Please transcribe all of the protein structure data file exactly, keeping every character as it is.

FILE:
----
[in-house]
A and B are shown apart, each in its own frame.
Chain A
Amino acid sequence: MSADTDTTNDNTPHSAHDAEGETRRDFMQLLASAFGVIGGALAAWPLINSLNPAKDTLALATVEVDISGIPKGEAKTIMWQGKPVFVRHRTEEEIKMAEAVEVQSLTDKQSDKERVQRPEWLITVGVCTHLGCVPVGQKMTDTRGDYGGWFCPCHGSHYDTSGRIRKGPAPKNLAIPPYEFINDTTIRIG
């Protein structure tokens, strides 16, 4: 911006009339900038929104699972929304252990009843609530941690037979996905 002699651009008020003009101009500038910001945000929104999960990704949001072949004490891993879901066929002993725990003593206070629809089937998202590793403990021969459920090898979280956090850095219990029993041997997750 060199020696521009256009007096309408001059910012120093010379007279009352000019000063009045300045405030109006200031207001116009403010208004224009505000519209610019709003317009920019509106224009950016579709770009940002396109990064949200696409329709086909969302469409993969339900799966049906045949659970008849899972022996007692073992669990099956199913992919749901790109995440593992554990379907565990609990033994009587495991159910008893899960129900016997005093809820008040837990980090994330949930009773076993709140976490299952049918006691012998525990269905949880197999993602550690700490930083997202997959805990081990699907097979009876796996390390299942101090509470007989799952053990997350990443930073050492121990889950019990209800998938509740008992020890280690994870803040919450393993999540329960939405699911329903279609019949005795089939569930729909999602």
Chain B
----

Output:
[in-house]
A and B are shown apart, each in its own frame.
Chain A
Amino acid sequence: MSADTDTTNDNTPHSAHDAEGETRRDFMQLLASAFGVIGGALAAWPLINSLNPAKDTLALATVEVDISGIPKGEAKTIMWQGKPVFVRHRTEEEIKMAEAVEVQSLTDKQSDKERVQRPEWLITVGVCTHLGCVPVGQKMTDTRGDYGGWFCPCHGSHYDTSGRIRKGPAPKNLAIPPYEFINDTTIRIG
């Protein structure tokens, strides 16, 4: 911006009339900038929104699972929304252990009843609530941690037979996905 002699651009008020003009101009500038910001945000929104999960990704949001072949004490891993879901066929002993725990003593206070629809089937998202590793403990021969459920090898979280956090850095219990029993041997997750 060199020696521009256009007096309408001059910012120093010379007279009352000019000063009045300045405030109006200031207001116009403010208004224009505000519209610019709003317009920019509106224009950016579709770009940002396109990064949200696409329709086909969302469409993969339900799966049906045949659970008849899972022996007692073992669990099956199913992919749901790109995440593992554990379907565990609990033994009587495991159910008893899960129900016997005093809820008040837990980090994330949930009773076993709140976490299952049918006691012998525990269905949880197999993602550690700490930083997202997959805990081990699907097979009876796996390390299942101090509470007989799952053990997350990443930073050492121990889950019990209800998938509740008992020890280690994870803040919450393993999540329960939405699911329903279609019949005795089939569930729909999602």
Chain B